‘It beats aimless walking’: Mechelen’s streets become covid art gallery
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‘It beats aimless walking’: Mechelen’s streets become covid art gallery

Credit: The Brussels Times/ Jules Johnston

Several artists left displaced by the coronavirus pandemic have taken over the windows of coffee shops and bars in the Flemish city of Mechelen, effectively turning the entire city into an urban art gallery.

“This is the result of us trying to find a way to work under the circumstances,” Lieven Hendrickx – one of the co-organisers of the Prohibition Exhibition told The Brussels Times. “We’re trying not to let it die,” added Gijs Vanhee, the other organiser of the event.

Credit: The Brussels Times/ Jules Johnston

Both Hendrickx and Vanhee – like many other artists – have found their circumstances substantially altered by the coronavirus, forcing them to adapt to a world where exhibitions are near impossible in the traditional format.

“Many artists have had to cancel planned expos and lose their income as a result,” the duo explained. “The vacant catering establishments have made their business available as exhibition space. Together with other artists, we fill the vacant businesses with art ”

Working alongside fellow Mechelen artists, local coffee shops and bars all but shut under current measures, Prohibition Exhibition is trying to give people something else to do in the midst of lockdown.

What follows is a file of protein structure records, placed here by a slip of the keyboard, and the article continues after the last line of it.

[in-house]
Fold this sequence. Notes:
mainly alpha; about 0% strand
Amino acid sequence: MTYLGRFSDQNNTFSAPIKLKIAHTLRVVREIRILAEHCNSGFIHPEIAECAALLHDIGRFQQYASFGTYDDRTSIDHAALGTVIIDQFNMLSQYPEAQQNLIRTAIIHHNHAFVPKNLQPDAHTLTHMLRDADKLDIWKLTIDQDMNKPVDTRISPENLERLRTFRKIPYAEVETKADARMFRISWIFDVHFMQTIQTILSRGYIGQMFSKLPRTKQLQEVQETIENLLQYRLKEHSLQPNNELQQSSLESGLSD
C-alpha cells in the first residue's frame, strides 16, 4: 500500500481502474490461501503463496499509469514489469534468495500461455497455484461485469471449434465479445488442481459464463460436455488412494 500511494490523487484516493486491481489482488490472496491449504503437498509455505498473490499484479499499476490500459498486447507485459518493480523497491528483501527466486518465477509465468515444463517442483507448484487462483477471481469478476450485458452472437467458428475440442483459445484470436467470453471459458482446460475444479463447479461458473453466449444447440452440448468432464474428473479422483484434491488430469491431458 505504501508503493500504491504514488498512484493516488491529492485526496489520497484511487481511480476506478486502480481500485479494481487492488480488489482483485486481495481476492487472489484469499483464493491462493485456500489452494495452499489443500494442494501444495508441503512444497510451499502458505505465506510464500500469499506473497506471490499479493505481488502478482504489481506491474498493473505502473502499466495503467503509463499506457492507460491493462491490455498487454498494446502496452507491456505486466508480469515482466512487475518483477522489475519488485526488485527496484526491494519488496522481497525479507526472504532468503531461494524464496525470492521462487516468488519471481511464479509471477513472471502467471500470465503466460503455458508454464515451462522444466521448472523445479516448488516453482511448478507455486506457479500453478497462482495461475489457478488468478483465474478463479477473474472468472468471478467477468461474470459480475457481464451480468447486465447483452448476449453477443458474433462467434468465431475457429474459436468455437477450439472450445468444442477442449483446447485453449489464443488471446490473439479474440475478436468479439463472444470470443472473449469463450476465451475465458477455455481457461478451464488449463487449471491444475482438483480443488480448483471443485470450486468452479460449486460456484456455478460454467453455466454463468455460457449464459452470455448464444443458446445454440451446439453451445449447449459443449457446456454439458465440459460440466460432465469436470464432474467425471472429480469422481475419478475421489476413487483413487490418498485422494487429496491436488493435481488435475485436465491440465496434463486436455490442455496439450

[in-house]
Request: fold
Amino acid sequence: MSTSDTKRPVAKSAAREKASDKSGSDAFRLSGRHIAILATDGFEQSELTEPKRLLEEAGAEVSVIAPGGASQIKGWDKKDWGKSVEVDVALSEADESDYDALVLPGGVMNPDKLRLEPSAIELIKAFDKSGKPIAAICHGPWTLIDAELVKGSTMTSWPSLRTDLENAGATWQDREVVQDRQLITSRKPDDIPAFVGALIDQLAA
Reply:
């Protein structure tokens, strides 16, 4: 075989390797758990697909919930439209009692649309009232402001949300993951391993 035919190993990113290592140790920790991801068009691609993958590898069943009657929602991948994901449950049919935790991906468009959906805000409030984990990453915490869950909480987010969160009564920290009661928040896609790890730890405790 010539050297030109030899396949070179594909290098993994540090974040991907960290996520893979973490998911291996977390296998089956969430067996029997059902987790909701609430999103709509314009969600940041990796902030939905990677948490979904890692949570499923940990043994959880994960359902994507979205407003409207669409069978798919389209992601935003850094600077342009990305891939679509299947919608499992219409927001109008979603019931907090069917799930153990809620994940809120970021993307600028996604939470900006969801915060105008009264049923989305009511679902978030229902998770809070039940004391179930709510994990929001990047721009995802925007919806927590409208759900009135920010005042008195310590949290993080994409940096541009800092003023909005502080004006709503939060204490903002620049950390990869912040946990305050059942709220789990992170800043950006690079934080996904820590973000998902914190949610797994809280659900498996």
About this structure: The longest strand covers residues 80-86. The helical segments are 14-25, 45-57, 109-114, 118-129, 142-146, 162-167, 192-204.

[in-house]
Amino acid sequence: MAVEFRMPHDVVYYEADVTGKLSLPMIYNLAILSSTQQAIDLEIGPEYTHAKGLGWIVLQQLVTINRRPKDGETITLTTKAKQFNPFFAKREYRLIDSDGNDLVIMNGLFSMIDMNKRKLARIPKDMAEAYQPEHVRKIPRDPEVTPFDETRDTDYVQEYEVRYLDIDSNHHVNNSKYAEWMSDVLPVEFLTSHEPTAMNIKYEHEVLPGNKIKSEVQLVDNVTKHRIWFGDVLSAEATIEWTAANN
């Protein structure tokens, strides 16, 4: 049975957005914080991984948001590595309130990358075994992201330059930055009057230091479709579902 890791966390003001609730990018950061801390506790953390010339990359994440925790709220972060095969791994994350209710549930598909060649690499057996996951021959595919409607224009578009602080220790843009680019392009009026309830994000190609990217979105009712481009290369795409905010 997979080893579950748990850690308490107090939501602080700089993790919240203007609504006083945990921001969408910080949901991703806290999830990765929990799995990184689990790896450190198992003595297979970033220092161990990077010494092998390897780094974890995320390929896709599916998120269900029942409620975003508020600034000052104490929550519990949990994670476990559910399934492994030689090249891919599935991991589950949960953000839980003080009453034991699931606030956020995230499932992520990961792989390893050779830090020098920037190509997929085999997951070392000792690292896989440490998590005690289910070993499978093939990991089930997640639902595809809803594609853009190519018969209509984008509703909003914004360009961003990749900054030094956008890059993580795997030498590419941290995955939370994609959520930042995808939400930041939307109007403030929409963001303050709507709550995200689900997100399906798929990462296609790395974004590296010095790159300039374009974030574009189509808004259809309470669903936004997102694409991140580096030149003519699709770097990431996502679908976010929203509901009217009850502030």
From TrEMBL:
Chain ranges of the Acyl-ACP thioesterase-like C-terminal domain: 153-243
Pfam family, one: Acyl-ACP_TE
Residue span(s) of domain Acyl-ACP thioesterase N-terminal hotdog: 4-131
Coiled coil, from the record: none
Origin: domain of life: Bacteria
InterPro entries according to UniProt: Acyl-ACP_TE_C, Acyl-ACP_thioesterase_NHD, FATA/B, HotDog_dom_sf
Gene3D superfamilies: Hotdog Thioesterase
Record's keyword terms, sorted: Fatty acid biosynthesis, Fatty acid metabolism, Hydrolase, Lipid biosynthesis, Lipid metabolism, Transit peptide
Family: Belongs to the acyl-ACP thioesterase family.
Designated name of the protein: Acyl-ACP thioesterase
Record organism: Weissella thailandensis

Credit: The Brussels Times/ Jules Johnston

“This was all a little bit last minute,” Hendrickx explained. “We both had exhibitions cancelled in the last year and this was a way to still display our work.”

“When we started planning the shops hadn’t even reopened yet,” said Vanhee. “Now people have something to do after they have shopped when they would usually have stopped at a bar,” Hendrickx added.

The tour encompasses 13 stops across the city, with a focus on local Mechelen artists ranging from sculpture to prints in the windows of coffee shops open for takeaway and bars that haven’t seen regular customers in months.

“It beats aimless walking,” added Vanhee.”In the current situation, there’s a lot you can’t do, but walking is something you can.”

The exhibition is planned to last until the end of January, but could potentially extend as circumstances develop.

Jules Johnston
The Brussels Times

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